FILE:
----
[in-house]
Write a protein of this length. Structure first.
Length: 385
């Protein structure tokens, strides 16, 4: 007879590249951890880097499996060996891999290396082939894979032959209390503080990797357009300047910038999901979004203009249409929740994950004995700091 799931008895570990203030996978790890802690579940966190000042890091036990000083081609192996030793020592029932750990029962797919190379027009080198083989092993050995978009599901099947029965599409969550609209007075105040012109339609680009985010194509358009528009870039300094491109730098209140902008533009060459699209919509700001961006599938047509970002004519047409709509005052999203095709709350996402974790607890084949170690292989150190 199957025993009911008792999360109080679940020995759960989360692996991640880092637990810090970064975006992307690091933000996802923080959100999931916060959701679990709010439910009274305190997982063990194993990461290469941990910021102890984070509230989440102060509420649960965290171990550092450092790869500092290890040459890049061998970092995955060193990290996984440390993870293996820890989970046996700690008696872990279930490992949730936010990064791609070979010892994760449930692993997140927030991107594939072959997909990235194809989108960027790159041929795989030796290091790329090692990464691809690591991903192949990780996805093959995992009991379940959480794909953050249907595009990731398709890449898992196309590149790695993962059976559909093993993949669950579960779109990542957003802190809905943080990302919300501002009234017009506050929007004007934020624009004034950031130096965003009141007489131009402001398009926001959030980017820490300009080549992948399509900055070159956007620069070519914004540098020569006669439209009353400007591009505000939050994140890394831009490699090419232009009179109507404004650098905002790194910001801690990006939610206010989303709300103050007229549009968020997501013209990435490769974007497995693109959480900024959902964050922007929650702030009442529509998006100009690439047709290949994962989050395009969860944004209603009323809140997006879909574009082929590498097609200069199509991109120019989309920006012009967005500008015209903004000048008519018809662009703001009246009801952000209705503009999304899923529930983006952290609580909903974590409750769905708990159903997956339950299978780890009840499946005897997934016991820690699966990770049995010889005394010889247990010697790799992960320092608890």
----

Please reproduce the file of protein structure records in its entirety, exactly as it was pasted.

[in-house]
Write a protein of this length. Structure first.
Length: 385
């Protein structure tokens, strides 16, 4: 007879590249951890880097499996060996891999290396082939894979032959209390503080990797357009300047910038999901979004203009249409929740994950004995700091 799931008895570990203030996978790890802690579940966190000042890091036990000083081609192996030793020592029932750990029962797919190379027009080198083989092993050995978009599901099947029965599409969550609209007075105040012109339609680009985010194509358009528009870039300094491109730098209140902008533009060459699209919509700001961006599938047509970002004519047409709509005052999203095709709350996402974790607890084949170690292989150190 199957025993009911008792999360109080679940020995759960989360692996991640880092637990810090970064975006992307690091933000996802923080959100999931916060959701679990709010439910009274305190997982063990194993990461290469941990910021102890984070509230989440102060509420649960965290171990550092450092790869500092290890040459890049061998970092995955060193990290996984440390993870293996820890989970046996700690008696872990279930490992949730936010990064791609070979010892994760449930692993997140927030991107594939072959997909990235194809989108960027790159041929795989030796290091790329090692990464691809690591991903192949990780996805093959995992009991379940959480794909953050249907595009990731398709890449898992196309590149790695993962059976559909093993993949669950579960779109990542957003802190809905943080990302919300501002009234017009506050929007004007934020624009004034950031130096965003009141007489131009402001398009926001959030980017820490300009080549992948399509900055070159956007620069070519914004540098020569006669439209009353400007591009505000939050994140890394831009490699090419232009009179109507404004650098905002790194910001801690990006939610206010989303709300103050007229549009968020997501013209990435490769974007497995693109959480900024959902964050922007929650702030009442529509998006100009690439047709290949994962989050395009969860944004209603009323809140997006879909574009082929590498097609200069199509991109120019989309920006012009967005500008015209903004000048008519018809662009703001009246009801952000209705503009999304899923529930983006952290609580909903974590409750769905708990159903997956339950299978780890009840499946005897997934016991820690699966990770049995010889005394010889247990010697790799992960320092608890």